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Forced Divorce, a Cult-Like Behavior

scattered families

In today’s world, forced marriage may seem like a time-worn phenomenon, but it still threatens few societies. Forced marriages are not specific to backward and underdeveloped societies, but may occur anywhere in the world. Many cults forcibly marry men and women in developing and developed countries. Organizational marriage is a type of forced marriage that was common in the Mujahedin-e Khalq (MEK) and in a way showed the commitment of members to the goal of the organization and adherence to the cause of its leaders.

Although MEK achieved considerable notoriety for its cultish regulations in compelling members to divorce their spouses, it should be noted that forced marriage was part of the MEK’s organizational relationship before the mandatory divorce and for so long many forced marriages took place as stipulated by the MEK leadership. In this regard, Ahmad Reza Karimi writes in his book entitled A Description of the History of Mujahedin-e Khalq of Iran and Its Stand Point:

“Since its inception till 1973, the MEK was a male-dominated organization and had no female members. The necessity for covering their hubs has led the organization to use women and girls. The first female recruits were the relatives of the executed or killed members and prisoners of the organization … At that time, Reza Rezaei had two marriages within the organization, which was in fact the cornerstone of moral corruption: The first marriage was with Leila Zomordian (Sharif Vaqefi’s next wife) and his second marriage was with Simin Salehi, who after hiding in early 1973 was not even legally separated from her former husband. Some women and girls did not even have the least political or organizational capabilities and were kept in the organization only to justify the hubs as well as sexual exploitation. A telling example of this is a member like Leila Zomordian, who after Reza Rezaei and Sharif Vaqefi, married to Taghi Shahram for a short period of time, and then changed her husband several times in different houses.”

Massoud Rajavi

MEK members’ suicides as a result of moral and sexual failures and frustrations … The MEK leaders’ monopoly in sexual matters is also one of the important consequences of such corruption. Taqi Shahram, one of the ideologues of the MEK, married to five wives during his activity … Another implication of moral corruptions in the organization is sexual suicides, which were caused by moral and sexual failures and frustrations.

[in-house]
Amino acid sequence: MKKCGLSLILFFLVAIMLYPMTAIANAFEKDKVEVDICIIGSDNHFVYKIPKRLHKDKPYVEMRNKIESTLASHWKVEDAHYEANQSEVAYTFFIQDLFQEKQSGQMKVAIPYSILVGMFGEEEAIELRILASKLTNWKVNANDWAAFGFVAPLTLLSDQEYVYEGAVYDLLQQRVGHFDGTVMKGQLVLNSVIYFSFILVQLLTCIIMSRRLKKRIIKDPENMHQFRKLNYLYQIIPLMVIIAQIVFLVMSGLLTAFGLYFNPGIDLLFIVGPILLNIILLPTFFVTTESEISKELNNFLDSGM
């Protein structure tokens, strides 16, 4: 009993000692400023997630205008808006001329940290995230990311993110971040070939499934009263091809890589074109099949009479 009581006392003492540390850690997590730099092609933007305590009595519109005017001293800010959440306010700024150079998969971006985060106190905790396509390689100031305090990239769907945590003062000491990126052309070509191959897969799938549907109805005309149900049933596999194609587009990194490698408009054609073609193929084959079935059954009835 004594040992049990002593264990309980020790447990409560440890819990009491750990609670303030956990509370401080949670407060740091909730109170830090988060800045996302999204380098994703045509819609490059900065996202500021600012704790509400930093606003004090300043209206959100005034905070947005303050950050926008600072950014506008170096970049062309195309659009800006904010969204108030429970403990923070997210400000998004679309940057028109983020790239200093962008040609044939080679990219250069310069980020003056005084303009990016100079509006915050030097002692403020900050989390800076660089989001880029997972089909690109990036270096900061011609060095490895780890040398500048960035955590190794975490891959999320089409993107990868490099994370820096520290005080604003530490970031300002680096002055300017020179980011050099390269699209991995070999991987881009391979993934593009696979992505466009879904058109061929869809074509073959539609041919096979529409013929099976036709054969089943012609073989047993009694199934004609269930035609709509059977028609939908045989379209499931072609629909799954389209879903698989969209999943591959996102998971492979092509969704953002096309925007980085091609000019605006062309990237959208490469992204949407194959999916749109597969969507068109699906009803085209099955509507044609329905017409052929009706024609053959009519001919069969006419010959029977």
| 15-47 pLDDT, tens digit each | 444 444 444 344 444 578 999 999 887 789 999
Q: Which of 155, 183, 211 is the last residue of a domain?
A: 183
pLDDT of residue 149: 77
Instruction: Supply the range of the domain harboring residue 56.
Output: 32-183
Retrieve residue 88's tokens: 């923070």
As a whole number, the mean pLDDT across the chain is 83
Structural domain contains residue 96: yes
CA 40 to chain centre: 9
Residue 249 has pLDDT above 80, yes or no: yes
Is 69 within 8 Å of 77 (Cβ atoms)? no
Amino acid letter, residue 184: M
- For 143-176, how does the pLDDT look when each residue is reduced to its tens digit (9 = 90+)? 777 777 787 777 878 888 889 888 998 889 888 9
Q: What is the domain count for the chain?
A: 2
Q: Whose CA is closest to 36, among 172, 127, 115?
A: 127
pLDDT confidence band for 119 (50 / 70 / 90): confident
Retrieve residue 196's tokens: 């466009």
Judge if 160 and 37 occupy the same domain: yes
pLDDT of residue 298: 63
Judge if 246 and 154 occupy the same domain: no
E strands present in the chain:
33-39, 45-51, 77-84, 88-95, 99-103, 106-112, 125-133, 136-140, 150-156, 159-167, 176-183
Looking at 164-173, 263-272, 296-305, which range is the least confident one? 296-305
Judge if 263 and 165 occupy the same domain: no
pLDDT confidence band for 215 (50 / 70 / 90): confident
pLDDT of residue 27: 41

Misguided beliefs justify sexual exploitations

Jafar Shojooni says in his memoirs: The MEK’s interpretation of Quran was weird. How is it that two or three hijabi pious girls live and sleep with ten or twenty young boys for six months? They recited this verse to those girls: “…Do not reveal their adornments except to their husbands” (Quran, 24:31). The verse says that positions of adornment that are above the neck and above the hands should not be shown except to women’s husbands, but within the MEK it is being interpreted in a different way, saying that the parts of adornment are “from the knees to the abdomen” that should be hidden from anybody except from their comrades in arms.

The theory of the ideological revolution was completed in 1986, when Maryam Azodanlu (Rajavi) divorced her husband Mehdi Abrishamchi and married to Massoud Rajavi before the expiration of the waiting period.

They used the same strategy to sexually exploit young women and girls and termed it as a sacred act as “marriage”. For example, Mehdi Abrishamchi was presented with Mousa Khiabani’s 18-year-old sister as a gift from the leadership!

Forced divorce and ideological revolution

Right after the Iran-Iraq ceasefire in mid-1988, MEK launched thousands of its warriors across the Iranian border, but they suffered a humiliating defeat. Masoud Rajavi announced a plan calling it an ideological revolution and considered the failure as a result of members’ family ties. Hence, he ordered all the members to divorce their spouses. Even the single members made a commitment to forbid marriage. The other side of the coin were divorced women who obeyed Rajavi’s command and married him during a cultish ceremony called “Salvation Dance”. In this regard, female members Batool Soltani, Homeira Mahmoudnejad, Zahra Moeini and Nasrin Ebrahimi are the people who have exposed such behaviors in MEK after defection.

Organizational marriages, forced divorces, hysterectomies, and the like are all rooted in the cultish aspects of the MEK. Those people who had wasted their youth in the cult of MEK warn that joining cults is one of the greatest threats of every nation.

This issue is now considered as a threat and has been introduced as the highest social harm and being in a cult is more terrible than addiction. Women are the mainstay of the family in all societies and such cultish behaviors have destructive effects on societies. So, in order to save women, families, and societies, the cults and their cultish thinking and practices must come to an end.

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